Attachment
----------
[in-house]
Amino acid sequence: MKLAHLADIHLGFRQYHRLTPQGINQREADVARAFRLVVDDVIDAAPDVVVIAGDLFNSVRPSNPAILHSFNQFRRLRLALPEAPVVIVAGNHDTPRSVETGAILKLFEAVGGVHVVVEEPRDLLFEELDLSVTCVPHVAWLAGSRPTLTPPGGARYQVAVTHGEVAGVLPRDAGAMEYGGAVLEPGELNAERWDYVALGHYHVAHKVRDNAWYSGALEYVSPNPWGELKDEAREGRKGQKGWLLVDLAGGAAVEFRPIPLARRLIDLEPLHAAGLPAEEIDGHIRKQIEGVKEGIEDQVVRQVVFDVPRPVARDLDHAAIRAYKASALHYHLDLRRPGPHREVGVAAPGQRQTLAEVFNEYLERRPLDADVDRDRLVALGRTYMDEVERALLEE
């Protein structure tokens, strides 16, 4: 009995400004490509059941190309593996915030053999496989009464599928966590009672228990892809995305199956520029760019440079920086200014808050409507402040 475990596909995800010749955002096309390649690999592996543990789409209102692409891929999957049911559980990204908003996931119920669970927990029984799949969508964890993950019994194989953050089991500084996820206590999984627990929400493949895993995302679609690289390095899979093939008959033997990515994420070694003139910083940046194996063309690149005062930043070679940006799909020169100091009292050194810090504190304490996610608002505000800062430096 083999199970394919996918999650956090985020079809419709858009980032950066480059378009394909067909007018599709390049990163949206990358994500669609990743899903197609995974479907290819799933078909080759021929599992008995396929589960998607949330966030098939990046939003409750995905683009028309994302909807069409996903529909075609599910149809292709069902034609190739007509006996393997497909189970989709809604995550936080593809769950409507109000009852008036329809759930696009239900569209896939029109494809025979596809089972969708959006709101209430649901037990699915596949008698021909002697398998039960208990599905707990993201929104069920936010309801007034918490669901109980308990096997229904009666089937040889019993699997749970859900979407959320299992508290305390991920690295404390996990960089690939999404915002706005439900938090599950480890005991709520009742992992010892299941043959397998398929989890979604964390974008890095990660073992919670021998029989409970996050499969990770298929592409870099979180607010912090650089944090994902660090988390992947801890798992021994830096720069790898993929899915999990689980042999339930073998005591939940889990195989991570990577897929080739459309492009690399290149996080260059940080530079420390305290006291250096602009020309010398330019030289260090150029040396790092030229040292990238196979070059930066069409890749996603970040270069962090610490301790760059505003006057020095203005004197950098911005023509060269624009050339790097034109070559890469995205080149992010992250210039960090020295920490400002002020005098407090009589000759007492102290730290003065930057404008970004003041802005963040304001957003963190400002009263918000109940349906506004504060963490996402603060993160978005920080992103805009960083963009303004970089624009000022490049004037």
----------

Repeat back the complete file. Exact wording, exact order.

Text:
[in-house]
Amino acid sequence: MKLAHLADIHLGFRQYHRLTPQGINQREADVARAFRLVVDDVIDAAPDVVVIAGDLFNSVRPSNPAILHSFNQFRRLRLALPEAPVVIVAGNHDTPRSVETGAILKLFEAVGGVHVVVEEPRDLLFEELDLSVTCVPHVAWLAGSRPTLTPPGGARYQVAVTHGEVAGVLPRDAGAMEYGGAVLEPGELNAERWDYVALGHYHVAHKVRDNAWYSGALEYVSPNPWGELKDEAREGRKGQKGWLLVDLAGGAAVEFRPIPLARRLIDLEPLHAAGLPAEEIDGHIRKQIEGVKEGIEDQVVRQVVFDVPRPVARDLDHAAIRAYKASALHYHLDLRRPGPHREVGVAAPGQRQTLAEVFNEYLERRPLDADVDRDRLVALGRTYMDEVERALLEE
């Protein structure tokens, strides 16, 4: 009995400004490509059941190309593996915030053999496989009464599928966590009672228990892809995305199956520029760019440079920086200014808050409507402040 475990596909995800010749955002096309390649690999592996543990789409209102692409891929999957049911559980990204908003996931119920669970927990029984799949969508964890993950019994194989953050089991500084996820206590999984627990929400493949895993995302679609690289390095899979093939008959033997990515994420070694003139910083940046194996063309690149005062930043070679940006799909020169100091009292050194810090504190304490996610608002505000800062430096 083999199970394919996918999650956090985020079809419709858009980032950066480059378009394909067909007018599709390049990163949206990358994500669609990743899903197609995974479907290819799933078909080759021929599992008995396929589960998607949330966030098939990046939003409750995905683009028309994302909807069409996903529909075609599910149809292709069902034609190739007509006996393997497909189970989709809604995550936080593809769950409507109000009852008036329809759930696009239900569209896939029109494809025979596809089972969708959006709101209430649901037990699915596949008698021909002697398998039960208990599905707990993201929104069920936010309801007034918490669901109980308990096997229904009666089937040889019993699997749970859900979407959320299992508290305390991920690295404390996990960089690939999404915002706005439900938090599950480890005991709520009742992992010892299941043959397998398929989890979604964390974008890095990660073992919670021998029989409970996050499969990770298929592409870099979180607010912090650089944090994902660090988390992947801890798992021994830096720069790898993929899915999990689980042999339930073998005591939940889990195989991570990577897929080739459309492009690399290149996080260059940080530079420390305290006291250096602009020309010398330019030289260090150029040396790092030229040292990238196979070059930066069409890749996603970040270069962090610490301790760059505003006057020095203005004197950098911005023509060269624009050339790097034109070559890469995205080149992010992250210039960090020295920490400002002020005098407090009589000759007492102290730290003065930057404008970004003041802005963040304001957003963190400002009263918000109940349906506004504060963490996402603060993160978005920080992103805009960083963009303004970089624009000022490049004037």